In many cases, some small changes can go a long way in making your Power BI reports more accessible for users with different abilities. The checklist below lists considerations you should make in your report design to create more inclusive reports. I’ll update this post as new features are released.
Last Updated: 15-Sep-2020
- Ensure color contrast between title, axis label, and data label text and the background are at least 4.5:1.
- Ensure color contrast between non-decorative non-text elements and their background is at least 3:1.
- Avoid using color as the only means of conveying information. Use text or icons to supplement or replace the color.
- Replace unnecessary jargon or acronyms.
- Ensure alt text is added to all non-decorative visuals on the page.
- Check that your report page works for users with color vision deficiency.
- Add descriptive, purposeful titles to charts
- Purposefully set the sort order of each visual on the page. The accessible Show Data table shows the data in the sort order you have set on the visual.
- If you have a collection of several slicers on your report pages, ensure your design is consistent across pages. Use the same font, colors, and spatial position as much as possible.
- Ensure color contrast between font and background are at least 4.5:1.
- Make sure to put text contents in the alt text box so screen readers can read them. If the text doesn’t fit within the alt text character limit, write a summary or highlight an important data point.
- Is key information only accessible through an interaction? If so, rearrange your visuals so they are pre-filtered to make the important conclusion more obvious.
- Are you using bookmarks for navigation? Try navigating your report with a keyboard to ensure the experience is acceptable for keyboard-only users.
- Don’t use tooltips to convey important information. Users with motor issues and users who do not use a mouse will have difficulties accessing them.
- Do add default tooltips to charts as ancillary information. It is included in the accessible Show Data table for each visual.
- Avoid video that automatically starts when the page is rendered.
- Ensure your video has captions or provide a transcript.
- Avoid audio that automatically starts when the page is rendered.
- Provide a transcript for any audio.
- Make sure any decorative shapes are marked as hidden in tab order, so they aren’t announced by a screen reader.
- Avoid using too many decorative shapes to the point where they are distracting.
- When using shapes to call out data points, use alt text to explain what is being called out.
- When using images to call out data points, use alt text to explain what is being called out.
- Make sure any decorative images are marked as hidden in tab order, so they aren’t announced by a screen reader.
- Avoid using too many decorative images, to the point where they are distracting.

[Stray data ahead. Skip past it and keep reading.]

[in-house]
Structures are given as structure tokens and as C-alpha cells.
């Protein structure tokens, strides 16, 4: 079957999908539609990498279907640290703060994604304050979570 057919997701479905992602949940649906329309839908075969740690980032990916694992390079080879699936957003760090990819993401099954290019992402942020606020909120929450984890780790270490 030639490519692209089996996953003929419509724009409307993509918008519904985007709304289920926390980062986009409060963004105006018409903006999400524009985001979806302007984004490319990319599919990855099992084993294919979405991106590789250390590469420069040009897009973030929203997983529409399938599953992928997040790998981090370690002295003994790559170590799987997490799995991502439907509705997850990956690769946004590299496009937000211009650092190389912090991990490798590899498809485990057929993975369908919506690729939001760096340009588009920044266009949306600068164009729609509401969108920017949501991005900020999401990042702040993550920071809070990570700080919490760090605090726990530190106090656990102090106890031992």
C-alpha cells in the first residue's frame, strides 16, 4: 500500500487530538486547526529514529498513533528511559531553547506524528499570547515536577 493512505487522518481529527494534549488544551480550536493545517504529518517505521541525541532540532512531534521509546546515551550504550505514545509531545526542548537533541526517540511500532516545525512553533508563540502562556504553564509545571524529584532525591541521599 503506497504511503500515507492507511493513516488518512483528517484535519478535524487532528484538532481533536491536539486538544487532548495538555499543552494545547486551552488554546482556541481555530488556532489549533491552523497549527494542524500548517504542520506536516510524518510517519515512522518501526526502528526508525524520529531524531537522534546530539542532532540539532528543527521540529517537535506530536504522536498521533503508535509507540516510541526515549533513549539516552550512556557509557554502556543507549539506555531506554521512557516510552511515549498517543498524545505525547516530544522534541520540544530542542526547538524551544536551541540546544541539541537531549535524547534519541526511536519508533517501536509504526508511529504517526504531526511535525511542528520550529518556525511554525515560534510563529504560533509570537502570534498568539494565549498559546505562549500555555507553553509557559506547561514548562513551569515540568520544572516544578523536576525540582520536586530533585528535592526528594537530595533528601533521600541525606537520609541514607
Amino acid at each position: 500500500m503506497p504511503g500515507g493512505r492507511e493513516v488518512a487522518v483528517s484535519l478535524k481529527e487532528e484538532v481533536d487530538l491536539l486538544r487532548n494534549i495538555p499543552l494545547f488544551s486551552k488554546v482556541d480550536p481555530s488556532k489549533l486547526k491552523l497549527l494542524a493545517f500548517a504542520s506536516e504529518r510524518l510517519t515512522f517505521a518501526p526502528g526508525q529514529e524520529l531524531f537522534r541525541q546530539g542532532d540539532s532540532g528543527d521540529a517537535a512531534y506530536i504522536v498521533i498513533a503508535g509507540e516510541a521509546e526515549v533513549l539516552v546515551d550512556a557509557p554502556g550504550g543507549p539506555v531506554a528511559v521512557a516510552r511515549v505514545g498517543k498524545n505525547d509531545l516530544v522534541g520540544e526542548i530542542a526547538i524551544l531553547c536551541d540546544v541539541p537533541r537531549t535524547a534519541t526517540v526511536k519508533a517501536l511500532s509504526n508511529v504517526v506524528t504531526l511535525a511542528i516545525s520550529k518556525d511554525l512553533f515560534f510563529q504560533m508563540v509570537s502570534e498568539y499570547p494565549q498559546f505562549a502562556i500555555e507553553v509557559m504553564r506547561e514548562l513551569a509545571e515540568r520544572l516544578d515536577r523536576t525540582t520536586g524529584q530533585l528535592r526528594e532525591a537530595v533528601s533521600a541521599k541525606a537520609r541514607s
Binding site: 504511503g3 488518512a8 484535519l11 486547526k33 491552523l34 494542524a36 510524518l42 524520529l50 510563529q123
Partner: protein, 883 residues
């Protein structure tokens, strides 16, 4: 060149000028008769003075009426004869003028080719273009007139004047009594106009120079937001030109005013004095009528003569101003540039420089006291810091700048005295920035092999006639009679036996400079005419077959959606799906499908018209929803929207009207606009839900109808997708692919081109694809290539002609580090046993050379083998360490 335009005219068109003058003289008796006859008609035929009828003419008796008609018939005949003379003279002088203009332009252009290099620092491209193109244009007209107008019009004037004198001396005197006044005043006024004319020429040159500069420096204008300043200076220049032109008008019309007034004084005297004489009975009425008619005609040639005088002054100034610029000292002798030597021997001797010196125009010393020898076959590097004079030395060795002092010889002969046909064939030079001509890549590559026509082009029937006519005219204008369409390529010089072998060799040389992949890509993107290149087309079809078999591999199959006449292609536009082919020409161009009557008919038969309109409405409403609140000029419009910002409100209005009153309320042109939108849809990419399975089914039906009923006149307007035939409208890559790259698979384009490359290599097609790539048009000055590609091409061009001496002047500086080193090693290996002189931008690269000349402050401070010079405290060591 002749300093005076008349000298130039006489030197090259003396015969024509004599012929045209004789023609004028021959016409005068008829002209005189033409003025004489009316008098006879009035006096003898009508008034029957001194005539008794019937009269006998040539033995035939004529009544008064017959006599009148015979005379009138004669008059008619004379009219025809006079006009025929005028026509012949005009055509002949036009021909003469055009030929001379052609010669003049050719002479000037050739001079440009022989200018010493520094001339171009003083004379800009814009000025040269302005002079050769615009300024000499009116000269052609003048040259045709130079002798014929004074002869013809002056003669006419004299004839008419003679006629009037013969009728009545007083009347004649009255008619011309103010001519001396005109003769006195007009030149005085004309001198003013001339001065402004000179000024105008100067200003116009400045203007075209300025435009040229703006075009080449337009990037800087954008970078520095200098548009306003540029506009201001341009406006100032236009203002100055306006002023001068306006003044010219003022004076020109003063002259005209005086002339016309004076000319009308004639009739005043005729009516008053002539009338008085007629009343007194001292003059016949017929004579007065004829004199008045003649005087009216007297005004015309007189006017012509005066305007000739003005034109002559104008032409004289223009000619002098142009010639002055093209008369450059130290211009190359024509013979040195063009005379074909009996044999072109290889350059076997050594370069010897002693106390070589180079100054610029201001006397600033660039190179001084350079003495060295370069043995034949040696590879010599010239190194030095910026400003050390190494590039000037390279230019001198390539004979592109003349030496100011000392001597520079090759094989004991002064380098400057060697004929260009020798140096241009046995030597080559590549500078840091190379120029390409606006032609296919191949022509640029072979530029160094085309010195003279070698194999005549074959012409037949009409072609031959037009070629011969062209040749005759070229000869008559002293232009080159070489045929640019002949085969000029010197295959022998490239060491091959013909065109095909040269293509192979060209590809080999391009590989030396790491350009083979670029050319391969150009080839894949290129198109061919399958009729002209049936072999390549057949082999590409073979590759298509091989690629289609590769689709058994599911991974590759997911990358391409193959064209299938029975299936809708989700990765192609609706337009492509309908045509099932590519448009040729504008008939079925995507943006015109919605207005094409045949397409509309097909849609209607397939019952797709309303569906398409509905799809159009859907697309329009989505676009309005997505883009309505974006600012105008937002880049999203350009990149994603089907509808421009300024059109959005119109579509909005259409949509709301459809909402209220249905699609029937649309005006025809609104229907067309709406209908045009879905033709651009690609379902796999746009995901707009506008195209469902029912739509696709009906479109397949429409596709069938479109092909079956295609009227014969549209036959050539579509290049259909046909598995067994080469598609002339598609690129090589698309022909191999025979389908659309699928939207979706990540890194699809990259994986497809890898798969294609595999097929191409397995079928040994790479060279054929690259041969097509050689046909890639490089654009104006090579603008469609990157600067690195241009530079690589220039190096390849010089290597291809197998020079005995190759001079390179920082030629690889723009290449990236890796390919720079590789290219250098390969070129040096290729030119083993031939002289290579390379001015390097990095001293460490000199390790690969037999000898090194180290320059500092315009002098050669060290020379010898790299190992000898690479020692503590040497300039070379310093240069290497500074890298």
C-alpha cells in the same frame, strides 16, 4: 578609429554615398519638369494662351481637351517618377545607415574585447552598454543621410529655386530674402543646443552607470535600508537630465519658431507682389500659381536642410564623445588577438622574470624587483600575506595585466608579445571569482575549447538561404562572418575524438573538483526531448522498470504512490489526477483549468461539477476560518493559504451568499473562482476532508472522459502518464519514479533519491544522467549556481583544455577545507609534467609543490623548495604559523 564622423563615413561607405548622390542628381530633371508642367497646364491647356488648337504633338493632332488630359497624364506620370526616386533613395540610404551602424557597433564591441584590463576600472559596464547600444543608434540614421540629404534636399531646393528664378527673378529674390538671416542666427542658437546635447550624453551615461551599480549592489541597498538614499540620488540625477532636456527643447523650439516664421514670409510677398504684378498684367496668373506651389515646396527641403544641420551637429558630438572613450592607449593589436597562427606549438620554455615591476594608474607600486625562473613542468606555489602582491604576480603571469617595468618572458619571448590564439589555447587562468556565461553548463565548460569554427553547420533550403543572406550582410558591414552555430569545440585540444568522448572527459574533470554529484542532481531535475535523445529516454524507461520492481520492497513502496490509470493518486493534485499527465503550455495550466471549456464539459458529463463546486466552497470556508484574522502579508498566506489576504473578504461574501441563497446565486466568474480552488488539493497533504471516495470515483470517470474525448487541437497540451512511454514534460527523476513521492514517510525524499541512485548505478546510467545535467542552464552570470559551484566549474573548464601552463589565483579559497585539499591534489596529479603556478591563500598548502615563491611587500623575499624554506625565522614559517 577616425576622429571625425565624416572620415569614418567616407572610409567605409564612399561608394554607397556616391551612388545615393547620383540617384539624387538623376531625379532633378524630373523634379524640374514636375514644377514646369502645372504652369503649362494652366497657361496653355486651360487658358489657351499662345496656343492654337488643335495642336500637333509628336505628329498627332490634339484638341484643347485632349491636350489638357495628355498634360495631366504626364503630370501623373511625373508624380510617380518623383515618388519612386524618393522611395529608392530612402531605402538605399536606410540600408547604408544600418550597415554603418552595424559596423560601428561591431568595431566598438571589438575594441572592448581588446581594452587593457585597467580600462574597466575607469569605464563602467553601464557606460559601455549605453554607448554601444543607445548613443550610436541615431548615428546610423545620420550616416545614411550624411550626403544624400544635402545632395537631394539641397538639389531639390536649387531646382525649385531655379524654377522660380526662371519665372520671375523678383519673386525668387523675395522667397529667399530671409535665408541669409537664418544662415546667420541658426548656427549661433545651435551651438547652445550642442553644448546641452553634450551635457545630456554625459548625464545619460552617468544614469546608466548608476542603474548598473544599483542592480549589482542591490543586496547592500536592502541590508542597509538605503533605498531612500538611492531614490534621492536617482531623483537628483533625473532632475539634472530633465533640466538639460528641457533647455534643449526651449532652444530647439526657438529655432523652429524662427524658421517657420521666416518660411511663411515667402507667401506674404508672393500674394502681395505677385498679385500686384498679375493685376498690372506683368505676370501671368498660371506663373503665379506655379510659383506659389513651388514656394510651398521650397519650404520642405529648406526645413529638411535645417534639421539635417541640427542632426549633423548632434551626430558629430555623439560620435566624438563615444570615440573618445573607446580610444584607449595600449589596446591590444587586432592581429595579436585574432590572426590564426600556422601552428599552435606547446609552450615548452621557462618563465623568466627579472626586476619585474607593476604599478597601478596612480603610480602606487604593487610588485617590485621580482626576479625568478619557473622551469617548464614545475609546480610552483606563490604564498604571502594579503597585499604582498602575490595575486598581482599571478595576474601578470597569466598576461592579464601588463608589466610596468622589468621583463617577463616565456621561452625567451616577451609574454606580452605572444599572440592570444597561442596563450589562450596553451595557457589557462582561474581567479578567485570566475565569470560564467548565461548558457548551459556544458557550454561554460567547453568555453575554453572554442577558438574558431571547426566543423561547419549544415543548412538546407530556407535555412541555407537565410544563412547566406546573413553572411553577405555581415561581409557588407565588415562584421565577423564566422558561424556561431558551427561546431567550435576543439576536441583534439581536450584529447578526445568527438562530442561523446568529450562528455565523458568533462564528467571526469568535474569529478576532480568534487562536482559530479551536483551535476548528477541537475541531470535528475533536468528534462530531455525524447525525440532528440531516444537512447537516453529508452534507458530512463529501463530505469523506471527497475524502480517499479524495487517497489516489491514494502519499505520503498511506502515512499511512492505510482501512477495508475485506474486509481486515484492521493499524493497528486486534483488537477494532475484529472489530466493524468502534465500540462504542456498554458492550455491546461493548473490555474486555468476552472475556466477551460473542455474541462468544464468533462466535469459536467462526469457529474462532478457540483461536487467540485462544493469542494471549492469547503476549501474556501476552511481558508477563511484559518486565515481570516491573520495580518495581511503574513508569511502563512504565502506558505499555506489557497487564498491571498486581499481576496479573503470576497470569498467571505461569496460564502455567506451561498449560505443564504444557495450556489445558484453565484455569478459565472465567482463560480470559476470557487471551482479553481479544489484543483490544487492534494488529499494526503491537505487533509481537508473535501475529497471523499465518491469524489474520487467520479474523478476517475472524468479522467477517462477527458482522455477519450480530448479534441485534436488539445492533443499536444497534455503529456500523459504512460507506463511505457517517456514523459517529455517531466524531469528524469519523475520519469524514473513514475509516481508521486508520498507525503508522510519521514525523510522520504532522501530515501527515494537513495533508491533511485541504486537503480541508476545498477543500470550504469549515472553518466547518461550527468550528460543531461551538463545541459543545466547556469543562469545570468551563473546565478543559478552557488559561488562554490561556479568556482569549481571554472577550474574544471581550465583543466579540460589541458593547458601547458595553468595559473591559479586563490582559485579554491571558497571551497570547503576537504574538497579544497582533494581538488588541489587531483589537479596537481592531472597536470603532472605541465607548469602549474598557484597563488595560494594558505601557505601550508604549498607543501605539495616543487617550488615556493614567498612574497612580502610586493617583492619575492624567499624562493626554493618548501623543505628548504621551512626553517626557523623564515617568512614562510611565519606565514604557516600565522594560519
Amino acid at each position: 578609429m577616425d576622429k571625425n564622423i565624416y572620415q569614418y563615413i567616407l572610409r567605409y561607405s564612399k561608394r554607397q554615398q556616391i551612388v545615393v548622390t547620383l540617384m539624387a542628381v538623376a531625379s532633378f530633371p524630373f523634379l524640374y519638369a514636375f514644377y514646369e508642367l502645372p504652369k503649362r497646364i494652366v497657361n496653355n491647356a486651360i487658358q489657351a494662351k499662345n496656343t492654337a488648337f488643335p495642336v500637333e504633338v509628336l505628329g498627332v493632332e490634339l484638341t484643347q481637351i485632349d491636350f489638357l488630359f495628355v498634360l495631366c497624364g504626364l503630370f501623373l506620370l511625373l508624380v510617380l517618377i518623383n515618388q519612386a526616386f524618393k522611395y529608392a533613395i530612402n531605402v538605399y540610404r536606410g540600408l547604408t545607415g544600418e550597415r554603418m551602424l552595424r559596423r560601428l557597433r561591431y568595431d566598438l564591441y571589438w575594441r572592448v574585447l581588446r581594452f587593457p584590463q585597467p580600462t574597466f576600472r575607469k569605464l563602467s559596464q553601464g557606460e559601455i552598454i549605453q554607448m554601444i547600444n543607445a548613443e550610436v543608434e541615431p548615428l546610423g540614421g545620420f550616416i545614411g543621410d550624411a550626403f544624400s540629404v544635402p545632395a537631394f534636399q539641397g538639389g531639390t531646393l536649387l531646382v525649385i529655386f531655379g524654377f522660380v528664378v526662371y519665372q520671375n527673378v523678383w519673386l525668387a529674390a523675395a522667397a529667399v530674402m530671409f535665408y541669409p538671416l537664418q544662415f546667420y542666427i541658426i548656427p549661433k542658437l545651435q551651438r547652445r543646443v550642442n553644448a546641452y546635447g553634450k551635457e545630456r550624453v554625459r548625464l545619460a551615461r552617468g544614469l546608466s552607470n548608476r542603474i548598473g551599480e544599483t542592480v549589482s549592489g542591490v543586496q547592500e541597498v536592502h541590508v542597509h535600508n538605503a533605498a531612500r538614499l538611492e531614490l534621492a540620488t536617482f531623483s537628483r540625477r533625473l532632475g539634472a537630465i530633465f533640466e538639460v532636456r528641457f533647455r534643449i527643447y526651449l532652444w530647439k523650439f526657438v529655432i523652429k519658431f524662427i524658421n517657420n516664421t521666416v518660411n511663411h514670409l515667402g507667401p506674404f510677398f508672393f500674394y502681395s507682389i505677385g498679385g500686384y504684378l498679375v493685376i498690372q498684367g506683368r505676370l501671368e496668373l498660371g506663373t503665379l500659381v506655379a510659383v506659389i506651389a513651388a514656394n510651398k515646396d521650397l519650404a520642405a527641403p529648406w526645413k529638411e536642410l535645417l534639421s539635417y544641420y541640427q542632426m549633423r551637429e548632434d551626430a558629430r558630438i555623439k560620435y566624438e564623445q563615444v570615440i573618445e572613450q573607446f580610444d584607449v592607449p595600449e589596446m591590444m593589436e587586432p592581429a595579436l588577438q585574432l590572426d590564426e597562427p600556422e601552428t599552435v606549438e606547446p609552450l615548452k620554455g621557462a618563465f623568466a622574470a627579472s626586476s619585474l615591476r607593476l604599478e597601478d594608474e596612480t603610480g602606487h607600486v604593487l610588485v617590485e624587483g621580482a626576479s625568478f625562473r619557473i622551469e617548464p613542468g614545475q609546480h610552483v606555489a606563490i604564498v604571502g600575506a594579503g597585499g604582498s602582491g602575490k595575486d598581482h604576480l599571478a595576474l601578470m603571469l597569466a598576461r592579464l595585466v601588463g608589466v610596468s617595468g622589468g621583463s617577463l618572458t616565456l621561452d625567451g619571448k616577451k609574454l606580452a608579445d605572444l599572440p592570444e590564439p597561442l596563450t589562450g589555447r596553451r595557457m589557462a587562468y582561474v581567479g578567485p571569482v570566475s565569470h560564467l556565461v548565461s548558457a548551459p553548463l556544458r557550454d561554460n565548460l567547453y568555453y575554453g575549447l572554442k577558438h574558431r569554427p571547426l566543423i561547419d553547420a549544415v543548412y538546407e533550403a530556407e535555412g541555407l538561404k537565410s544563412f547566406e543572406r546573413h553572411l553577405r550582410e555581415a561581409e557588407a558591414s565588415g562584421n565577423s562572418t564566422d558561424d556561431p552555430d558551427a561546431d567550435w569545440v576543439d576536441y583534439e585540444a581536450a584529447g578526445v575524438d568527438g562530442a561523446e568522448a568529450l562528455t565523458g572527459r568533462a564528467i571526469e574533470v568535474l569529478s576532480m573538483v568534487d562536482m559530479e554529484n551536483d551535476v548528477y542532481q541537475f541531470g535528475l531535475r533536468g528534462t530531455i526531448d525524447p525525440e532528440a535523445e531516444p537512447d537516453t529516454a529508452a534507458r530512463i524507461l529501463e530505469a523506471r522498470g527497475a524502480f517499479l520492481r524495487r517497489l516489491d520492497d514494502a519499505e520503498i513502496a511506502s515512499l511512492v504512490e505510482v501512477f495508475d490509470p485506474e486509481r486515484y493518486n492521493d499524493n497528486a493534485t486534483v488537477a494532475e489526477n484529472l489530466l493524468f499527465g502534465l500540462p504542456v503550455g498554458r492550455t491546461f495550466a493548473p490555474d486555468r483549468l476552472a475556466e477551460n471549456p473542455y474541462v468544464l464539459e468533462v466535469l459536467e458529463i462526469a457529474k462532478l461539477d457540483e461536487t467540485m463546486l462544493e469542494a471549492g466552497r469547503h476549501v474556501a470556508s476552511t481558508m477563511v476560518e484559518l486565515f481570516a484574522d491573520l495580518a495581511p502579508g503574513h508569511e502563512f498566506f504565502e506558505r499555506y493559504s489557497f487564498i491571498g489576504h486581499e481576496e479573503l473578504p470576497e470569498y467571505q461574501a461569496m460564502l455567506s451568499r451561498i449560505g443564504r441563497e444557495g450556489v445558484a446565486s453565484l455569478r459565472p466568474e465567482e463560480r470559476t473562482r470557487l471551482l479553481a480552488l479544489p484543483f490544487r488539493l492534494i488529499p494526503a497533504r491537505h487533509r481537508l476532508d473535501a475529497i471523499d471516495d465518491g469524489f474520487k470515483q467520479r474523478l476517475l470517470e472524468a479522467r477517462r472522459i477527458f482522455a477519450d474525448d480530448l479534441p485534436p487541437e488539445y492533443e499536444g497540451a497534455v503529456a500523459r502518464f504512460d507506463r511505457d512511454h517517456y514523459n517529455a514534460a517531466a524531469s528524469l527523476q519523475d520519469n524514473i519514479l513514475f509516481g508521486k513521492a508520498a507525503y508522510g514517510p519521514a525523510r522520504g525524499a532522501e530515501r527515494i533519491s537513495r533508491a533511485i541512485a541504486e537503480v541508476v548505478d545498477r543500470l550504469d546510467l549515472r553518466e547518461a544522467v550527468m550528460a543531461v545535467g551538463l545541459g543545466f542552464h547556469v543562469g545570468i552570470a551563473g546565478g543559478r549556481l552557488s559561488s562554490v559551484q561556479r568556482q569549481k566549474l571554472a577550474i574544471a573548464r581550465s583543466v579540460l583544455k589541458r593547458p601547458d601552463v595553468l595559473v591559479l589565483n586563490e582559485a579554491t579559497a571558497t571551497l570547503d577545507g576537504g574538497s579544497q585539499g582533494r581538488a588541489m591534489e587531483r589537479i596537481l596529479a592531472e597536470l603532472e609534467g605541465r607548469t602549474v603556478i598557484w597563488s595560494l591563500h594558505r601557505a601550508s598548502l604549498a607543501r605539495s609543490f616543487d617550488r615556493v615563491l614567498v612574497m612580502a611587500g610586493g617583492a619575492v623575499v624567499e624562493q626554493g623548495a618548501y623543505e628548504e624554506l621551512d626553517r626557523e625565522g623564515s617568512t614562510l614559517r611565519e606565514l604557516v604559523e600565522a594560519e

- Check the accessible Show Data table for custom visuals. If the information shown is not sufficient, look for another visual.
Check the visual using high contrast model to ensure the colors change appropriately. If the appearance is not high contrast, look for another visual.
- If using the Play Axis custom visual, ensure it does not autoplay. Make it obvious that the user must press the play/pause button to start/stop the changing values.
Across Visuals on the Page
- Set tab order and turn off tab order (mark the item as hidden) on any decorative items.
- Add explanatory text as needed to describe your charts and their necessary context (perhaps via textbox or visual header tooltips).
Power BI Accessibility Features
- Keyboard shortcuts
- Alt Text
- High Contrast Colors
- Tab Order
- Screen reader compatibility
- Focus mode
- Accessible Show Data table
- Visual header tooltip
- Visual titles (Good descriptions help users understand what to expect in the visual)
- Report themes (help enforce good color contrast and color blind friendly colors)
Tools to Check Accessibility in your Power BI Report
- Use a keyboard to navigate and interact with your report, without using a mouse.
Color Vision Deficiency
- Use Coblis or Vischeck to check for color vision deficiency issues
- WhoCanUse.com is great for checking text contrast against background for color vision deficiency as well as glaucoma, low vision, cataracts, and direct sunlight.
- Use a mobile device with brightness on low to test mobile reports
- Use Colour Contrast Analyser (desktop application), WebAIM (website) or Accessible Colors (website) to check color contrast of text vs background
- Use The Squint Test to check that a Power BI report makes sense to someone with low vision
- Use a magnifier app to ensure visuals and images can be successfully consumed by those with low vision who use a magnifier.
If you would like to suggest an update to the list, feel free to leave a comment on this post.